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Jasmine Thomas-Girvan Snags Second Aaron Matalon Award
Jasmine Thomas-Girvan made art history, by being the first artist to win the Jamaica Biennial’s Aaron Matalon Award, twice. Thomas-Girvan scooped up the award for her two installations at Devon House - Parallel Realities, Dwelling in the Heartland of My People and The Real Princess. The award was announced at the National Gallery of Jamaica in downtown Kingston, on February 26, 2017.
The Jamaica Biennial now boasts two awards, with the Dawn Scott Memorial Award introduced in 2014. This year, the award was split three ways, earned by Jamaican artists Greg Bailey (Colonial Legacies) and Alicia Brown (Exchange) and American Andrea Chung (Pure).
Parallel Realities, Dwelling in the Heartland of My People dominates the living room at Devon House. A piece of rich, visual poetry, the work moves from the far wall, stretches length of the dining table, crops ups on the sideboards and even dives into the drawers of these sideboards. The work raises intense questions about colonial legacy as it disrupts the narrative of civility, bending them back in on themselves and creating whole new narratives as it does so.
While the large portrait of Col. Peter Beckford stares down at the table laid before him, he appears unmoved, but the audience present cannot remain so. Thomas-Girvan’s work bears testimony about history, not in the stark way of a court of law, but the way testimony is given in church, to get to the deeper meaning of a terrible experience and move all who hearing to a place of greater understanding. In this work, a silver fork is simultaneously transformed into a whip and the devil’s fork, a small head is served up like a skewered meatball, and black hands stretch up and out from silver serving plate covers.
The Real Princess sits in the sewing room. The work combines a self portrait and a dresser from which hands spill forth and drawers are lined with images of slave ships. The audience is forced to get closer as quotes are written in such fine print that to see them you cannot stand at a distance. Your involvement is invited even further as quotes are printed on the side, on mirrors, and to read them, you must engage in self-reflection.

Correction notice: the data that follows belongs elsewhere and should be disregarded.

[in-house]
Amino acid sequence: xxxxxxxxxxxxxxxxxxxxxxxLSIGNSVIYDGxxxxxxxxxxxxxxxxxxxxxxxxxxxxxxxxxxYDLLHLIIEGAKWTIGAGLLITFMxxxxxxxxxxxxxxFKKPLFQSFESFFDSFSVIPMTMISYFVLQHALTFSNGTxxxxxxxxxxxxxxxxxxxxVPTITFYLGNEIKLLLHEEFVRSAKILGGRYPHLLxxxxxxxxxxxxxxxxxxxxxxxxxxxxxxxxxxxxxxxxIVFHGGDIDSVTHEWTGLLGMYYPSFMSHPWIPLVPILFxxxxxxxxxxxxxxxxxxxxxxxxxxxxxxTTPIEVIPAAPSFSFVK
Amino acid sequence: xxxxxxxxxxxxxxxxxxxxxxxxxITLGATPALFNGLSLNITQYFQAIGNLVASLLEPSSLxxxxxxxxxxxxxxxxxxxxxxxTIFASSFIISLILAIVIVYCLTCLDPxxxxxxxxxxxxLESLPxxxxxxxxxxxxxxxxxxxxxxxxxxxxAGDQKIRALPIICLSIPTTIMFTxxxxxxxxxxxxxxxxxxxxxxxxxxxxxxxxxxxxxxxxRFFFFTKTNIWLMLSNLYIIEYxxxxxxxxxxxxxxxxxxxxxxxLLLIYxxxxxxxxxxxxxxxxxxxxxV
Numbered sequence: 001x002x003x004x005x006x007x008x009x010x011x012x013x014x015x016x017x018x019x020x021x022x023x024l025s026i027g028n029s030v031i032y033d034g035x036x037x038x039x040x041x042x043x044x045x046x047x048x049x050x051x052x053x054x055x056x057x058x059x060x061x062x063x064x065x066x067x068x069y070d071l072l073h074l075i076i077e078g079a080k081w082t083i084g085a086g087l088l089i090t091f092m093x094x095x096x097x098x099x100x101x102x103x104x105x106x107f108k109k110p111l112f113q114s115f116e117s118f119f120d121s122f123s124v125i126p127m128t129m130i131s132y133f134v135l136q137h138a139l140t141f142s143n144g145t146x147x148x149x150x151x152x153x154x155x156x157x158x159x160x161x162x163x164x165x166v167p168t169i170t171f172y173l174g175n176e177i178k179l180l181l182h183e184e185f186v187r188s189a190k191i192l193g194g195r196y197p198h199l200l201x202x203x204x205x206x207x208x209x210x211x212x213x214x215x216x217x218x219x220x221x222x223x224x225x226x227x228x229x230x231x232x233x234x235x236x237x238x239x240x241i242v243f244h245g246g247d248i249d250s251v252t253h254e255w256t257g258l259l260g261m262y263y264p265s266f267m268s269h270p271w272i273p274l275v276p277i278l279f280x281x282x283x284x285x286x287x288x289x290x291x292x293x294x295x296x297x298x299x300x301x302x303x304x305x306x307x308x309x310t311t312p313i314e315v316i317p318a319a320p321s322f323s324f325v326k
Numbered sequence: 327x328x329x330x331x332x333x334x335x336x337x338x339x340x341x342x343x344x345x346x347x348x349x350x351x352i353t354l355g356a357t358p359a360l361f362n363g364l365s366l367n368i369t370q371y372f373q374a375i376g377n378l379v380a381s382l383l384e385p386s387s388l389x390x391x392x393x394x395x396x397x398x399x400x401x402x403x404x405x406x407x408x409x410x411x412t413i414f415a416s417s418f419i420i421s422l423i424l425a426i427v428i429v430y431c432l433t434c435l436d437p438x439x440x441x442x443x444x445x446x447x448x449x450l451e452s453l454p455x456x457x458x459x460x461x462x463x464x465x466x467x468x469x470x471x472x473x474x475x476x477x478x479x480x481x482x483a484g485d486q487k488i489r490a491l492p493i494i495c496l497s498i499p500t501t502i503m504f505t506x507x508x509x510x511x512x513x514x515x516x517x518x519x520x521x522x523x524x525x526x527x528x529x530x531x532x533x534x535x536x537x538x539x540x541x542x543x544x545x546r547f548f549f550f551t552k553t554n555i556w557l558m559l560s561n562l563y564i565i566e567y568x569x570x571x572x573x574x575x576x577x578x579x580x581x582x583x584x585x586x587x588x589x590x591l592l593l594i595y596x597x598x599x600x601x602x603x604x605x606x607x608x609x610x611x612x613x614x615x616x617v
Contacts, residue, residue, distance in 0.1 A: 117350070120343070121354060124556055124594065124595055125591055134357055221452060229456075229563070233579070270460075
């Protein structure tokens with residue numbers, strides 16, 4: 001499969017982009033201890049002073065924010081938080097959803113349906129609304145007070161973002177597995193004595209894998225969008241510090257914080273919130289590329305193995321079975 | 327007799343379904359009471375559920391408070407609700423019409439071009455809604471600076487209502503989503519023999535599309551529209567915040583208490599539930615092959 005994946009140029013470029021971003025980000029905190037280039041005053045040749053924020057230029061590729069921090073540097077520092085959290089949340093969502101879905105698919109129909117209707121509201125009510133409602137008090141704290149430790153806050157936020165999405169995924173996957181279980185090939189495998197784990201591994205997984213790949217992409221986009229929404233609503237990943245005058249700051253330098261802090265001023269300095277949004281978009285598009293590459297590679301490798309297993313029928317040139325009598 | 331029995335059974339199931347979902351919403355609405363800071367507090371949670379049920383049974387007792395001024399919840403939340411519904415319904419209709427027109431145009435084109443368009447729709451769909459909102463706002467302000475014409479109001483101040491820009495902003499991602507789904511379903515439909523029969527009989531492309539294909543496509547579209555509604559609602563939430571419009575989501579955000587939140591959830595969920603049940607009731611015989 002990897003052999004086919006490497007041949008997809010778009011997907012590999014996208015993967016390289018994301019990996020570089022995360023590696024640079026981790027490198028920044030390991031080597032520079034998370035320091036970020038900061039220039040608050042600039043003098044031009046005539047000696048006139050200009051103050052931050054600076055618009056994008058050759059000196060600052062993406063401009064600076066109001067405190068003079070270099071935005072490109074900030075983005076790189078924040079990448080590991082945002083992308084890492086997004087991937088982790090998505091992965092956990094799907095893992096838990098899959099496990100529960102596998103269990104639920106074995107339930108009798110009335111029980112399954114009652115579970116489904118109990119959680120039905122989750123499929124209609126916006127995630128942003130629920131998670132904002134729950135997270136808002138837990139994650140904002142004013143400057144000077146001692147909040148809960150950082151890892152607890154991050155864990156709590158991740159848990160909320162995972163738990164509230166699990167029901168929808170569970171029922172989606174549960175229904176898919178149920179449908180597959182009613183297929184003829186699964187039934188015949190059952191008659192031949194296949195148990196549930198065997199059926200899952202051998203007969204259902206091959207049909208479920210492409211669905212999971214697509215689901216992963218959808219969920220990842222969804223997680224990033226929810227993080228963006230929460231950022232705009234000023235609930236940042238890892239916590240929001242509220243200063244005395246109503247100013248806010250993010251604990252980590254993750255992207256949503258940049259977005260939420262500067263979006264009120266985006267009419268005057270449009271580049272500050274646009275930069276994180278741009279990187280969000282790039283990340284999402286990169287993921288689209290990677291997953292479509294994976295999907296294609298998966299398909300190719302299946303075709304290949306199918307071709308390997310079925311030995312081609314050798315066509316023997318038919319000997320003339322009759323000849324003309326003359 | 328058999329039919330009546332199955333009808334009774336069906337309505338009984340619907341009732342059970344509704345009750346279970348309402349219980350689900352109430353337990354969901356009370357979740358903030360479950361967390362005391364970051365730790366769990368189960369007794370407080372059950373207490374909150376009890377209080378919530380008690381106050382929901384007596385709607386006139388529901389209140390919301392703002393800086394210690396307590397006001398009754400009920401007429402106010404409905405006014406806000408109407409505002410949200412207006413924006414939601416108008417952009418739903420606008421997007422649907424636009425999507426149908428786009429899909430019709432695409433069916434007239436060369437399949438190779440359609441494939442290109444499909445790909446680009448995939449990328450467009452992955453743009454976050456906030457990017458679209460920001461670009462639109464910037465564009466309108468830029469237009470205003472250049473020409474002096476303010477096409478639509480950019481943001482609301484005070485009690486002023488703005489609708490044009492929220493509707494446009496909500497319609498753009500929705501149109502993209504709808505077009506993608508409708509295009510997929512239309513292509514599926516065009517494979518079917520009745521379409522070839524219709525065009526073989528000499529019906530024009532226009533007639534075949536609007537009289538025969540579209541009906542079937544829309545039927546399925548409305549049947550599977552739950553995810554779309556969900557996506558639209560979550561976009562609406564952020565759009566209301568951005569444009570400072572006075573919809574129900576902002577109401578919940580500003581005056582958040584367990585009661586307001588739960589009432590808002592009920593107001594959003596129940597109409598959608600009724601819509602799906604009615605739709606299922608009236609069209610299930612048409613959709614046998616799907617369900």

Parallel Realities, Dwellign in the Heartland of My People has enough strength to add a bitter taste to the sweetness usually attached to Devon House. You may never look at the building the same again, but most importantly, it should enrich your understanding of history.
The Aaron Matalon Award comes with a J$100,000 purse while the Dawn Scott Memorial Award comes with a US$700.00 prize funded by the award’s creator, art critic Edward M. Gómez and Scott’s daughter, Tsehai "Spoogie" Scott.
Gómez praised the skill of the three awardees. He noted that both Bailey and Brown exhibit great draughtsmanship in their portraits.
“...Greg Bailey creates psychologically probing portraits of contemporary figures – usually young, urban, Jamaican men – that make us wonder: What's on the minds of these subjects? What motivates them? When it comes to the issue of identity, just who do they think they are?” Gómez said.
His praise of Alicia Brown was also exuberant. “[Exchange] offers an image of its subject that is as penetrating in its precision as it is compelling, poetic and empathetic in its character and aura,” Gómez said.
Of the three awardees, Andrea Chung was the only one to use mixed-media as she created sculptures of hands from coloured soap.
“In Pure, Andrea Chung uses handmade, coloured soap to mould vividly accurate sculptures of the outwardly extended, beseeching, comfort-offering hands of elderly women,” Gómez said.
Jasmine Thoma-Girvan first won the Aaron Matalon Award in 2012. Other winners of the award include Omari Ra, Renee Cox, Norma Rodney Harrack, Phillip Thomas, Laura Facey, and Ebony G. Patterson.
The Jamaica Biennial 2017 continues through until May 28, 2017. It comprises installations at Devon House, the National Gallery West, and the main exhibition at the National Gallery of Jamaica in downtown Kingston.